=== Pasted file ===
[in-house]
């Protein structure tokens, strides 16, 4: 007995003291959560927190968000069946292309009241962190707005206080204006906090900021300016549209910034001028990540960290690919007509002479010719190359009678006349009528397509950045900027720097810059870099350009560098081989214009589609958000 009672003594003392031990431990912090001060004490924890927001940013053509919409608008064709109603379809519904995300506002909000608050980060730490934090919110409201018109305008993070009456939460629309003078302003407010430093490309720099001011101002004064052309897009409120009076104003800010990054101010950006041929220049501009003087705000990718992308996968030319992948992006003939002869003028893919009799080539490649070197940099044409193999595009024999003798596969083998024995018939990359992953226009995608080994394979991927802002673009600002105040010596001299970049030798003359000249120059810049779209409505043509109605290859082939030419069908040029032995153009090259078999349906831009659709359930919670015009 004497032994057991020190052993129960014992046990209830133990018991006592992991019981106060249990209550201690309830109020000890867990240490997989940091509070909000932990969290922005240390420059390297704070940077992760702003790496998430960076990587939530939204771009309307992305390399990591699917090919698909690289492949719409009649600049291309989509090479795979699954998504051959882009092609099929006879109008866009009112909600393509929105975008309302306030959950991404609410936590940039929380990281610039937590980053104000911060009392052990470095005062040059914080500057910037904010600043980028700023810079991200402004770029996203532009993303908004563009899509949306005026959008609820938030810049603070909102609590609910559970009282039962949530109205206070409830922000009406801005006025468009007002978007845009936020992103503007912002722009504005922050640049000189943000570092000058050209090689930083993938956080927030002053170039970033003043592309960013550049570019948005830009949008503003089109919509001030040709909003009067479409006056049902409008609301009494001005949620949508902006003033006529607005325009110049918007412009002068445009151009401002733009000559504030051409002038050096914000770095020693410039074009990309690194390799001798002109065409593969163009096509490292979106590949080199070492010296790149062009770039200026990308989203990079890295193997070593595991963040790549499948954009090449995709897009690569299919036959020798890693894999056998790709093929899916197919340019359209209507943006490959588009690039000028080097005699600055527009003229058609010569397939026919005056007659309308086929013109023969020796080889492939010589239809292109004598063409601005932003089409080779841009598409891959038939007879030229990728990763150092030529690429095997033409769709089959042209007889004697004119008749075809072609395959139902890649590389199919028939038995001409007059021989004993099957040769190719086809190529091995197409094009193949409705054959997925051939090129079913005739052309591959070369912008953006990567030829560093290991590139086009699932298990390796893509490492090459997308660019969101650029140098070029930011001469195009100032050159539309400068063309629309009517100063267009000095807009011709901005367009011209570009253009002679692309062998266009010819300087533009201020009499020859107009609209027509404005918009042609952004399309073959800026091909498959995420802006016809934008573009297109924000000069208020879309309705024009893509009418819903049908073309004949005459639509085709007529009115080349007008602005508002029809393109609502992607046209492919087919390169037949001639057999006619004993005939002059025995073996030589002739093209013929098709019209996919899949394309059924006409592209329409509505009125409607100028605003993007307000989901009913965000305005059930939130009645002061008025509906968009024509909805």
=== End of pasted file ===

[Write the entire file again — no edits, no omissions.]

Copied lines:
[in-house]
């Protein structure tokens, strides 16, 4: 007995003291959560927190968000069946292309009241962190707005206080204006906090900021300016549209910034001028990540960290690919007509002479010719190359009678006349009528397509950045900027720097810059870099350009560098081989214009589609958000 009672003594003392031990431990912090001060004490924890927001940013053509919409608008064709109603379809519904995300506002909000608050980060730490934090919110409201018109305008993070009456939460629309003078302003407010430093490309720099001011101002004064052309897009409120009076104003800010990054101010950006041929220049501009003087705000990718992308996968030319992948992006003939002869003028893919009799080539490649070197940099044409193999595009024999003798596969083998024995018939990359992953226009995608080994394979991927802002673009600002105040010596001299970049030798003359000249120059810049779209409505043509109605290859082939030419069908040029032995153009090259078999349906831009659709359930919670015009 004497032994057991020190052993129960014992046990209830133990018991006592992991019981106060249990209550201690309830109020000890867990240490997989940091509070909000932990969290922005240390420059390297704070940077992760702003790496998430960076990587939530939204771009309307992305390399990591699917090919698909690289492949719409009649600049291309989509090479795979699954998504051959882009092609099929006879109008866009009112909600393509929105975008309302306030959950991404609410936590940039929380990281610039937590980053104000911060009392052990470095005062040059914080500057910037904010600043980028700023810079991200402004770029996203532009993303908004563009899509949306005026959008609820938030810049603070909102609590609910559970009282039962949530109205206070409830922000009406801005006025468009007002978007845009936020992103503007912002722009504005922050640049000189943000570092000058050209090689930083993938956080927030002053170039970033003043592309960013550049570019948005830009949008503003089109919509001030040709909003009067479409006056049902409008609301009494001005949620949508902006003033006529607005325009110049918007412009002068445009151009401002733009000559504030051409002038050096914000770095020693410039074009990309690194390799001798002109065409593969163009096509490292979106590949080199070492010296790149062009770039200026990308989203990079890295193997070593595991963040790549499948954009090449995709897009690569299919036959020798890693894999056998790709093929899916197919340019359209209507943006490959588009690039000028080097005699600055527009003229058609010569397939026919005056007659309308086929013109023969020796080889492939010589239809292109004598063409601005932003089409080779841009598409891959038939007879030229990728990763150092030529690429095997033409769709089959042209007889004697004119008749075809072609395959139902890649590389199919028939038995001409007059021989004993099957040769190719086809190529091995197409094009193949409705054959997925051939090129079913005739052309591959070369912008953006990567030829560093290991590139086009699932298990390796893509490492090459997308660019969101650029140098070029930011001469195009100032050159539309400068063309629309009517100063267009000095807009011709901005367009011209570009253009002679692309062998266009010819300087533009201020009499020859107009609209027509404005918009042609952004399309073959800026091909498959995420802006016809934008573009297109924000000069208020879309309705024009893509009418819903049908073309004949005459639509085709007529009115080349007008602005508002029809393109609502992607046209492919087919390169037949001639057999006619004993005939002059025995073996030589002739093209013929098709019209996919899949394309059924006409592209329409509505009125409607100028605003993007307000989901009913965000305005059930939130009645002061008025509906968009024509909805």